Hackers Attack Indonesia, South Korea Central Banks

The banks said they didn't lose any money in recent cyber attacks

A man stands in front of the Bank of Korea in Seoul, South Korea. — REUTERS
Jun 21, 2016 at 5:37 AM ET

Indonesia’s central bank blocked nearly 150 regions worldwide from accessing its website after the site and the bank’s email server were hit with tens of thousands of spam emails and hundreds of viruses on Monday, Reuters reports.

Bank Indonesia said it found 273 viruses and 67,000 span emails on its server and website in half a day, according to Reuters. A bank official said it responded by blocking 149 regions that don’t typically access its website, including some small nations in Africa.

Senior officials from South Korea’s central bank, called Bank of Korea, told Reuters that hackers also attacked its website, in May, with a DDoS attack. Also known as a Distributed Denial of Service attack, the assault is one in which multiple systems flood a server with requests with the intent of temporarily interrupting service to other users.

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The attacks took place after Anonymous, the international hacking group, released a video in early May announcing plans to attack banks globally “with one of the most massive attacks ever seen in the history of Anonymous.” YouTube later took the video offline.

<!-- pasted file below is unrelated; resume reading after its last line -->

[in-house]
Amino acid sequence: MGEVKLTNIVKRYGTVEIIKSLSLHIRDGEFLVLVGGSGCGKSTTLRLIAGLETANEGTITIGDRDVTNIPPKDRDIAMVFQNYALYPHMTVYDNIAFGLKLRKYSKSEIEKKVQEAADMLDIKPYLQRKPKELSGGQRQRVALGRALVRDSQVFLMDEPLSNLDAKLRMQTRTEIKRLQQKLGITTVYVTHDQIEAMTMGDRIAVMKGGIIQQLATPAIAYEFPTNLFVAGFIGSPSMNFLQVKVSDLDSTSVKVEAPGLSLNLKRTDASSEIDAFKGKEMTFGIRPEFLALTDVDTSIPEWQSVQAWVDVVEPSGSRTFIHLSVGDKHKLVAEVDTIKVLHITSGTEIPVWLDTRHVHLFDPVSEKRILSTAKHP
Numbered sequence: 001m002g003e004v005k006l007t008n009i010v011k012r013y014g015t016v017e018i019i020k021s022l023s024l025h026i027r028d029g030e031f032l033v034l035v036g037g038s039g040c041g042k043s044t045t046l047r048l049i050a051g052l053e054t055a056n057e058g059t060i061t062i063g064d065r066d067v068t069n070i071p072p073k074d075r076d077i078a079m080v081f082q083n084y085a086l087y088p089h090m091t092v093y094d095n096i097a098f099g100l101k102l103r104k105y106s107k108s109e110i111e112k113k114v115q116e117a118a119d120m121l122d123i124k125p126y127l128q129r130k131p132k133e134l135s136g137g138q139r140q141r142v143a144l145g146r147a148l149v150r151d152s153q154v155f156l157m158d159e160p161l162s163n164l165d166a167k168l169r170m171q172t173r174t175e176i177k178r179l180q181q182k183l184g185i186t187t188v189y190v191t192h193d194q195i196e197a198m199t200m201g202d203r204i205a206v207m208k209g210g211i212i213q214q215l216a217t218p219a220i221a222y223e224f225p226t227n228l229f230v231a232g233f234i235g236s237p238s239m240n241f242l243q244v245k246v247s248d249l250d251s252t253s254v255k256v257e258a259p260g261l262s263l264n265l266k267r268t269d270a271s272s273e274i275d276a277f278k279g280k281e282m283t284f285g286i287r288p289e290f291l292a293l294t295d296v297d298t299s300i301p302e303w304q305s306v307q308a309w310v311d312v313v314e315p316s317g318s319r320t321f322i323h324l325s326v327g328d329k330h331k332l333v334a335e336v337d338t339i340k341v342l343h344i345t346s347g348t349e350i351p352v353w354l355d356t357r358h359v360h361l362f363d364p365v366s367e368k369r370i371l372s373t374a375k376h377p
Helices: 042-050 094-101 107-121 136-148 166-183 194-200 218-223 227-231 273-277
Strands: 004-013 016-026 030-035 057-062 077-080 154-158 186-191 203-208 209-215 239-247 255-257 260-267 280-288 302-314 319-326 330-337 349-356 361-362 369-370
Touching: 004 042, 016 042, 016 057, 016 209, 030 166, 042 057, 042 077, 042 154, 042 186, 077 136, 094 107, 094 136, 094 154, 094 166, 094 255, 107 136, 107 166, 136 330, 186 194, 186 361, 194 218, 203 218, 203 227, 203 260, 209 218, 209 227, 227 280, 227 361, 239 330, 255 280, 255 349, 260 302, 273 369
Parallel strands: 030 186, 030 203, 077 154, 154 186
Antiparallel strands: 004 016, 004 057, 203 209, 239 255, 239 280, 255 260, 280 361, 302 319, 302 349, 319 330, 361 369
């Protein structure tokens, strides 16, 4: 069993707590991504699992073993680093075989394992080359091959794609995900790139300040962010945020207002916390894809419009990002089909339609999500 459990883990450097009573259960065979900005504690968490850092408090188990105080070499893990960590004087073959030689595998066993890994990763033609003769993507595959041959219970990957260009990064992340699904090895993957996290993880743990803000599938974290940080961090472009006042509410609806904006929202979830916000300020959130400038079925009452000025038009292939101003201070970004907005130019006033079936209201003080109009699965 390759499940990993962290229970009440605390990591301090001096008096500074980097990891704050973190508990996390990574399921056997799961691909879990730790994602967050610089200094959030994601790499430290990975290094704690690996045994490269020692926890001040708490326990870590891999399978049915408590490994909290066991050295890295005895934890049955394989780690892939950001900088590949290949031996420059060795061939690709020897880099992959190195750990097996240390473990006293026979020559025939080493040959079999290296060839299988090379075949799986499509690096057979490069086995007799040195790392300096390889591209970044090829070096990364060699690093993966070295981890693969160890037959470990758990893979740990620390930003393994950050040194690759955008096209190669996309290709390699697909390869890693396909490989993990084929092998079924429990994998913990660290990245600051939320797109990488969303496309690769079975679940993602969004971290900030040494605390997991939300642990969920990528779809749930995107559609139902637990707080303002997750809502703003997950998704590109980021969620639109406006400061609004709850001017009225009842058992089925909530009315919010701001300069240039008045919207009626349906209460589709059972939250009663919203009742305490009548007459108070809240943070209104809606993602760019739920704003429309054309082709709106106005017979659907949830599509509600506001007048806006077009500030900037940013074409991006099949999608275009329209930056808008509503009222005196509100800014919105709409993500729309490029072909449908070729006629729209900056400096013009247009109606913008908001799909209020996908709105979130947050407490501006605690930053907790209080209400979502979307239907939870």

Neither central bank in Indonesia or South Korea, however, said who specifically was behind the recent attacks that targeted them, Reuters reported. No money was lost in the attacks. Ronald Waas, deputy governor of Bank Indonesia, claimed the attacks were unsuccessful because “there is regional cooperation between central banks” to prevent fresh hacks. “Those who have gotten hit are sharing their experiences,” Waas told Reuters.

In February, hackers stole $81 million from Bangladesh Central Bank by sending fraudulent money transfer requests to a regional bank of the U.S. central bank—the Federal Reserve Bank of New York, Wired reported. The requests asked that bank to transfer funds from Bangladesh to bank accounts in Sri Lanka, the Philippines, and other Asian countries. Hackers had attempted to steal $1 billion, but most of their efforts were blocked, according to multiple reports.

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